Having just read the above I realise there are a few reviews of equipment I have never bothered to write and really I think I should. Apart from joining everyone else in moaning about the Bow roundabout, there really isn’t that much to talk about right now.

Friday, 16 December 2011

Review of Specialized S-Works Prevail 2011 Helmet

The wind is blowing and winter has set in – considering I commute daily on my bike in London, even someone who hates helmets as much as me has had to resign themselves to the fact that they needed a new helmet. I had bought a new helmet last winter – but the helmet and I just didn’t get on (once the temperature went above 5c) and so I set out to buy a new one this year.

I have a real issue with helmets - I am not a fan of how I look in one and above and beyond everything else, I have what I can only assume is a very hot head. My head gets so hot when I ride that unless the temperature is below freezing I sweat like mad.

Eleven months ago I bought what I thought was a good helmet (name not important) – it looked good but I found myself unable to wear it due to heat build-up unless it was -5 c. In anything above 0c I was not enjoying the experience. I bought the last helmet during the cold snap last year but as soon as the temperature went above +5c I found myself unable to wear it for any length of time. I found myself tilting it backwards to get more air to my forehead, and as we all know, that makes the wearing of a helmet even more pointless. By March this year I had totally given up on wearing it and passed it on to my son who is not as hot headed as me – well at least not when cycling.

Fast forward to December this year and the cold and wet are starting to close in and I know I need a new helmet for my daily commute. So I investigated the situation and decided on this helmet the Specialized S-Works Prevail 2011 Helmet. I have used it in + 10c in hard rides and although I still sweat a little it is nowhere to the level I used to get. This is so far, the only helmet in my experience that gives me enough ventilation.

The weight of this helmet has to be felt to be believed – hold it in your hand and then hold another £100 helmet and you can easily feel how much lighter it is – this makes a real difference when you are riding for more than 20 minutes. It is so light, that if you support the weight of the chin strap in your other hand it makes a noticeable difference to the overall helmet weight - so small are the margins. Also I have noticed that it suffers less in crosswinds the other helmets I have used – with some you can feel the extra force on your neck.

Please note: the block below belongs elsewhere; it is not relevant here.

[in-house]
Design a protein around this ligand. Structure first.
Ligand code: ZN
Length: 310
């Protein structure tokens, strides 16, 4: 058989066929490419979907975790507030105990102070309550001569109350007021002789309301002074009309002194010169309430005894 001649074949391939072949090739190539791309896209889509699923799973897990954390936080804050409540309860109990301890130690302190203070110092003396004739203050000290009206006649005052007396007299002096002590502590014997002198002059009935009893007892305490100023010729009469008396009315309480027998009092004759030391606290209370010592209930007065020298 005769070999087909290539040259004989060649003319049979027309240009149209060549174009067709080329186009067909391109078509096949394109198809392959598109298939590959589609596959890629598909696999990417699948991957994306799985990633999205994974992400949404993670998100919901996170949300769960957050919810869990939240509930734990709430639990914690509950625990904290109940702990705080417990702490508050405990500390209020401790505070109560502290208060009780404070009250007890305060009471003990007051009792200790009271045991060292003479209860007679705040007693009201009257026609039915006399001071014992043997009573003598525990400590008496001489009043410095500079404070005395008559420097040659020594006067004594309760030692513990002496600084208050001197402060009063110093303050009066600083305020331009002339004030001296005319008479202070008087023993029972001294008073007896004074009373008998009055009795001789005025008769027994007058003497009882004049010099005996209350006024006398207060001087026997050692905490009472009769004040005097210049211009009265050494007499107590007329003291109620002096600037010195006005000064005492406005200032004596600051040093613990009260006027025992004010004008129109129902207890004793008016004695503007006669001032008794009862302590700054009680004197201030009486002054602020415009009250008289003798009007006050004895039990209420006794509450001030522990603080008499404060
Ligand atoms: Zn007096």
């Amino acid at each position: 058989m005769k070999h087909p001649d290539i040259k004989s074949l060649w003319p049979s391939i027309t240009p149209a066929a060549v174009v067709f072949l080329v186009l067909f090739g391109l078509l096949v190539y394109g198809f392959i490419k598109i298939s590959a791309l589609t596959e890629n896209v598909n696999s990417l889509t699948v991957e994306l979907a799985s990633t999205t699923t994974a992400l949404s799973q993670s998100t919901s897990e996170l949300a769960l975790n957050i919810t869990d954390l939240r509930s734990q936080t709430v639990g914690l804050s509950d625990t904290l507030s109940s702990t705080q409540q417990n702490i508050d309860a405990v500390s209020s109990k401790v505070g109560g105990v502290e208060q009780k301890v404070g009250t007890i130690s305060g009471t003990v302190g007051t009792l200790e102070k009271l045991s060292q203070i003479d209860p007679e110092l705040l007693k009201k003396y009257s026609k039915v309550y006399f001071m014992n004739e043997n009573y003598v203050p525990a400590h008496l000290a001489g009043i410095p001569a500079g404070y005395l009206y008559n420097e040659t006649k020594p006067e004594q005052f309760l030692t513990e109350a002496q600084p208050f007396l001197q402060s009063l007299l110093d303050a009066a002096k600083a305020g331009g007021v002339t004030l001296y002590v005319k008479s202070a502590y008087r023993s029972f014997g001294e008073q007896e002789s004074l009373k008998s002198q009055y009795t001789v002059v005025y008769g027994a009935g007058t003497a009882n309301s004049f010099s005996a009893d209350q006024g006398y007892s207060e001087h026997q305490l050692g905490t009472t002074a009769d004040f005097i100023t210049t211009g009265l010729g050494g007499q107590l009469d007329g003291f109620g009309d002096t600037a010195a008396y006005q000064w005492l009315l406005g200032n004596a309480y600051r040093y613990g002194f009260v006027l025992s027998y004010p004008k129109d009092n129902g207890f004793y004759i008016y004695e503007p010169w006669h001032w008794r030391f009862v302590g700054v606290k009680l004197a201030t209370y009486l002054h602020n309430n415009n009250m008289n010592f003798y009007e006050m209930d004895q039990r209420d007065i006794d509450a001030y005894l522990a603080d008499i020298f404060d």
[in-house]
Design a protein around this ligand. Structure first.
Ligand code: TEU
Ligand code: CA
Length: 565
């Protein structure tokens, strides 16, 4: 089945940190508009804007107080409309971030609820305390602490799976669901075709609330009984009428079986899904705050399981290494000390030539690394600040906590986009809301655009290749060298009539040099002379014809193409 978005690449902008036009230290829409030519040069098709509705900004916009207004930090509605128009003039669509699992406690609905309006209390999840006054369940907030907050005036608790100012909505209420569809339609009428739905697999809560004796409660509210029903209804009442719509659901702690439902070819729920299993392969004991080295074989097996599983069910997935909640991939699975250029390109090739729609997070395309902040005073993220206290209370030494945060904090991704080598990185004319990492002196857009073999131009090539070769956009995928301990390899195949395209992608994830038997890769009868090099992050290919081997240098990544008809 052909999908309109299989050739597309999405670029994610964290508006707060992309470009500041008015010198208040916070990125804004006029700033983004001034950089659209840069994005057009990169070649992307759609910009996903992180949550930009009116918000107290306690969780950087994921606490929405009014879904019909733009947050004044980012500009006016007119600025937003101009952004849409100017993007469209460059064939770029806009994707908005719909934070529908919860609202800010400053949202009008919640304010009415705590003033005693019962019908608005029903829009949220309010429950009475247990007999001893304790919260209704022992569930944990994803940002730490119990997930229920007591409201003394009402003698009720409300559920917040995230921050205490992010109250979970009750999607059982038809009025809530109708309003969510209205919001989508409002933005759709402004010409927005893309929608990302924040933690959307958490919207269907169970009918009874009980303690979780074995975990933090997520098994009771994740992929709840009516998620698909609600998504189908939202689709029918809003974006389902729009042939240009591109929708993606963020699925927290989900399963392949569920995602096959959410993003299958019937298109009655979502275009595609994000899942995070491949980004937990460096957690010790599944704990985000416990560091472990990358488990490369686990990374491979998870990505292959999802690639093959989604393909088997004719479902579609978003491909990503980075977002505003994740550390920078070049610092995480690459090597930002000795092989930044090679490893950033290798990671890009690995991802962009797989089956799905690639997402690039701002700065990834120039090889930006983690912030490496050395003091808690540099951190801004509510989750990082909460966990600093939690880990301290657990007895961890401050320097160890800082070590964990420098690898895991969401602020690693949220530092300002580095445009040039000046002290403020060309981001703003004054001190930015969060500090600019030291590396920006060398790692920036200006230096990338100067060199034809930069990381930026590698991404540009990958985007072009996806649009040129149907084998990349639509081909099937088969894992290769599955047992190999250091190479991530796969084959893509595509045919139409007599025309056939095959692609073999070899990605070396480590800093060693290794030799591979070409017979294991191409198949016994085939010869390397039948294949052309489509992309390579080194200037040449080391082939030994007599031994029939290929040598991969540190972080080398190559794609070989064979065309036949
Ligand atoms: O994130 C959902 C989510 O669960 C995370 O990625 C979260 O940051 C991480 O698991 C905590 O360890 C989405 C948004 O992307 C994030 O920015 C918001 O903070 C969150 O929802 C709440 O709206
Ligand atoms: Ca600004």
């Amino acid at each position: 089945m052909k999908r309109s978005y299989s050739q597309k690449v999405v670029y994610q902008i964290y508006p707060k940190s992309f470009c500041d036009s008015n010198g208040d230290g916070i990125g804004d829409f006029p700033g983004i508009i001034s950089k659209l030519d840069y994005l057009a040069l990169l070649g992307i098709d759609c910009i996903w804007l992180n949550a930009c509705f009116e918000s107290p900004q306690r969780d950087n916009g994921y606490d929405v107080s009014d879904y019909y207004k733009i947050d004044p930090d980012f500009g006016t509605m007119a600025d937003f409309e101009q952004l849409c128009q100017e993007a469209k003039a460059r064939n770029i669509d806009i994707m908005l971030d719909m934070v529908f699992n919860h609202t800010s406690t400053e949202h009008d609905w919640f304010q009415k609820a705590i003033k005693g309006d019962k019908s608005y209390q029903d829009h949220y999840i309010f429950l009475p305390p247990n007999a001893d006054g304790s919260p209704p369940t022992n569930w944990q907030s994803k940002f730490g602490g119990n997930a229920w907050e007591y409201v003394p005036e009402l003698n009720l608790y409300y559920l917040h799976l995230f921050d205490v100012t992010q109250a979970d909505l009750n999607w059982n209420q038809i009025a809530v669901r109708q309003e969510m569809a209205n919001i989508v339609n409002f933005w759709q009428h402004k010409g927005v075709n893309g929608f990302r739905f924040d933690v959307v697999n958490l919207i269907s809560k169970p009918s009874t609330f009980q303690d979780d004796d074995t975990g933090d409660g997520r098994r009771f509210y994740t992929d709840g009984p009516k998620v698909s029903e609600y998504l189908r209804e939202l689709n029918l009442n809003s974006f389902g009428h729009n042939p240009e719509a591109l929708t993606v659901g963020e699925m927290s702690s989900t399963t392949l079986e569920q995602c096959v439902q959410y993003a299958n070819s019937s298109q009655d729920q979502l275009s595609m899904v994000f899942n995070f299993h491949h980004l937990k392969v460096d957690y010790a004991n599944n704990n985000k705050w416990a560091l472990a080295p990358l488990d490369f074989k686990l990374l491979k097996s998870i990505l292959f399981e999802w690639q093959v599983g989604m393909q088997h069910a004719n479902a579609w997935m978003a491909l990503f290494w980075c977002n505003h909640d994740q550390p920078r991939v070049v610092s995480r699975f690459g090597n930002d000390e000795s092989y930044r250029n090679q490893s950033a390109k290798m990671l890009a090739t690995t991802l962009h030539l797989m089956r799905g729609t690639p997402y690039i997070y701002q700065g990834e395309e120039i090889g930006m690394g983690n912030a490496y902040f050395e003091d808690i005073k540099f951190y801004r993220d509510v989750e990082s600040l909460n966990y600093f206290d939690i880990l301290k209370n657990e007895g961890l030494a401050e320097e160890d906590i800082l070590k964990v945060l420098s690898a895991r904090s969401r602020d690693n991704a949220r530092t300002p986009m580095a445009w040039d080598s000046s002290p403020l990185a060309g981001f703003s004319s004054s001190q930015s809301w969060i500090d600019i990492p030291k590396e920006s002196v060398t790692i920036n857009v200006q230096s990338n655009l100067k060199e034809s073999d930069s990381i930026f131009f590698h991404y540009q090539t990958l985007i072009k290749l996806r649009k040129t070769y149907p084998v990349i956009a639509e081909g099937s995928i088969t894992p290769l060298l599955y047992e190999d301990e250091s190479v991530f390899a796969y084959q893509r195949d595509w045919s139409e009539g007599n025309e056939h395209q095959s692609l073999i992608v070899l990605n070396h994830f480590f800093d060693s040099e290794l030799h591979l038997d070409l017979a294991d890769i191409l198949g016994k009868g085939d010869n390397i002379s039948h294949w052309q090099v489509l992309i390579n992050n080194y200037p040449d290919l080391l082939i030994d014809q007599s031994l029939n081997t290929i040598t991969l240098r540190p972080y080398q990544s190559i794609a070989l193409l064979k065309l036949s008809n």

Most importantly, if you are going to buy a helmet you are buying it to protect your head (duh obvious) – so take a little time to look at the safety approval of helmets on the market – this helmet has the Snell safety approval, a higher level than the required EN1078 European safety level. Why if you are going to look like a Mario brothers mushroom cycling down the road don’t you a least make worth your while in extra safety?

Apparently because the more expensive helmets are better built and lighter construction they have less of a profile – I have no idea about this and I am not going to go and take a tape measure to the LBS to find out – but it makes sense and I do “feel” this helmet is slightly less mushroom like.

As for comfort, this helmet is a doddle to adjust – after first setting up the chin strap and helmet height you just turn the dial at the back to tighten or loosen it. As for overall comfort – the padding is adequate but as everyone has different sized heads whether this helmet offers you enough comfort you can only tell when you put it on, I went to the LBS and was very impressed by its overall comfort but that’s just me.

Final thing is style (for a MAMBO the most important thing) - I went for the Ion Yellow (as per the main picture) – mostly because that extra bit of bright colour helps to get you get noticed on the road and also because it stands out against other helmets – let’s be honest if you are going to spend this large an amount of cash on a helmet, you might as well stand out and let all the other cyclists know what a flash git you are. The only downside is that I soon discovered that Ion Yellow is the same colour scheme as my bike and now I feel a bit nerdy-overly colour co-ordinated (all in all I have made worse fashion faux pas in my life).

MAMBO Score: 9/10 – why can these things be cheaper!

Wednesday, 14 December 2011

It Has Been A While.